Heat generation in plasmonic nanostructures has attracted enormous attention due to the ability of these nanostructures
to generate high temperatures in nanoscale volumes using far-field irradiation, enabling applications ranging from
photothermal therapy to fast (sub-nanosecond) thermal optical switching. Here we investigate the optical and thermal
response of a heterogeneous trimer structure composed of a gold nanoparticle surrounded by two larger silver
nanoparticles analytically and numerically. We observe that this type of multi-scale multi-material plasmonic oligomer
can produce temperature changes over two orders of magnitude higher than possible with isolated gold nanoparticles.
Optical field enhancement in coupled plasmonic nanostructures has attracted significant attention because of field
enhancement factors that significantly exceed those observed in isolated nanostructures. While previous studies
demonstrated the existence of such cascaded field enhancement in coupled nanospheres with identical composition, this
effect has not yet been studied in systems containing multiple materials. Here, we investigate the polarization-dependent
optical response of multi-material trimer nanostructures composed of Au nanoparticles surrounded by two Ag
nanoparticles as a function of nanoparticle size and inter-particle spacing. We observe field enhancement factors that are
ten times larger than observed in isolated Au nanoparticles.
Cascaded optical field enhancement in coupled plasmonic nanostructures has attracted significant attention because of
field enhancement factors that dramatically exceed those observed in isolated nanostructures. While previous studies
demonstrated the existence of cascaded enhancement, little work has been done to identify the requirements for
achieving maximum field enhancement. Here, we investigate cascaded field enhancement in silver nanosphere dimers as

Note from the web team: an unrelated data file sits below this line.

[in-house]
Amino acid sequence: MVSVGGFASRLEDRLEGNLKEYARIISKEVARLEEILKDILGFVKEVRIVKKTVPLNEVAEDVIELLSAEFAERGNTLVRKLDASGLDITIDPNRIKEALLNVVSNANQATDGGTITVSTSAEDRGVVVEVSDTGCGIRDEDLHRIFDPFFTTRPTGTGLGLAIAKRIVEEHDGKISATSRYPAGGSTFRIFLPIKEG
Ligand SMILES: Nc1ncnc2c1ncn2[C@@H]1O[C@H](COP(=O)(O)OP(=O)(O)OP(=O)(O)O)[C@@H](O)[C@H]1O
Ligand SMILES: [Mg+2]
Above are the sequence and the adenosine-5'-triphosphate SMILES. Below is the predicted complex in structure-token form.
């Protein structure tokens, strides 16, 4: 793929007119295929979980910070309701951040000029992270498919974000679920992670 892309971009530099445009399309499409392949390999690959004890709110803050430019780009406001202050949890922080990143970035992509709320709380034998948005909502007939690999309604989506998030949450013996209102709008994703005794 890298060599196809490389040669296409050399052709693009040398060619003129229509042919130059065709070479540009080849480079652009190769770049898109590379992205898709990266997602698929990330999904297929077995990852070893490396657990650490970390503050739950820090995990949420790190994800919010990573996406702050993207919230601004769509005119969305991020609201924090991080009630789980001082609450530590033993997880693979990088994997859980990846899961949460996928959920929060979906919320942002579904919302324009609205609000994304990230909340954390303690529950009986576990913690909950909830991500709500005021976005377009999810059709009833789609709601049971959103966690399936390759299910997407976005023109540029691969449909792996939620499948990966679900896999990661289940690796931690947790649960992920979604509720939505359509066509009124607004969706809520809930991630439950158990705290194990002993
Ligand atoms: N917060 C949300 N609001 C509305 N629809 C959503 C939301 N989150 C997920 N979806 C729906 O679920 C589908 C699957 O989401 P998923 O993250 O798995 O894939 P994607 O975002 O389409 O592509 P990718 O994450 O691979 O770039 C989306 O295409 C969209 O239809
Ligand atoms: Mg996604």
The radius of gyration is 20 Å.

a function of volume ratio and center-to-center separation, and show the requirements for achieving the ultimate
cascading limit in nanoparticle dimers. We observe field enhancements that are a factor 75 larger than observed in
isolated silver nanoparticles.
The optical properties of cascaded plasmon resonant metallic nanocomposites are investigated. Plasmon resonances and
their related field distributions are numerically evaluated in two-dimensional arrays of spherical silver nanoparticles
embedded in a dielectric host. The field distributions in structures with identical particle sizes indicate the presence of a
largely dipolar particle response, with a small multipole resonance contribution at high frequency. However, in arrays
consisting of particles with dissimilar sizes, an additional coupled mode appears in which the dipole moment in adjacent
particles is found to be anti-parallel. For increasing size-dissimilarity a higher electric field enhancement is observed
inside the small metal nanospheres, indicative of a cascaded field enhancement effect. This effect may be used to
enhance the nonlinear optical response of an effective medium composed of particles with engineered size dispersion
and particle placement.
In this article, we propose a simple method to increase the pressure sensitivity of a typical fiber Bragg grating (FBG) while decreasing the temperature sensitivity. This method uses a typical FBG, which is coated with a thick layer of polymer with two symmetric air channels. By this method the pressure sensitivity can be increased (e.g. 1.1×10<sup>-5</sup> /MPa) while the temperature sensitivity is negligible (e.g. -0.174×10<sup>-8</sup>/<sup>o</sup>C) by proper selection of the geometrical parameters and material types of the sensor.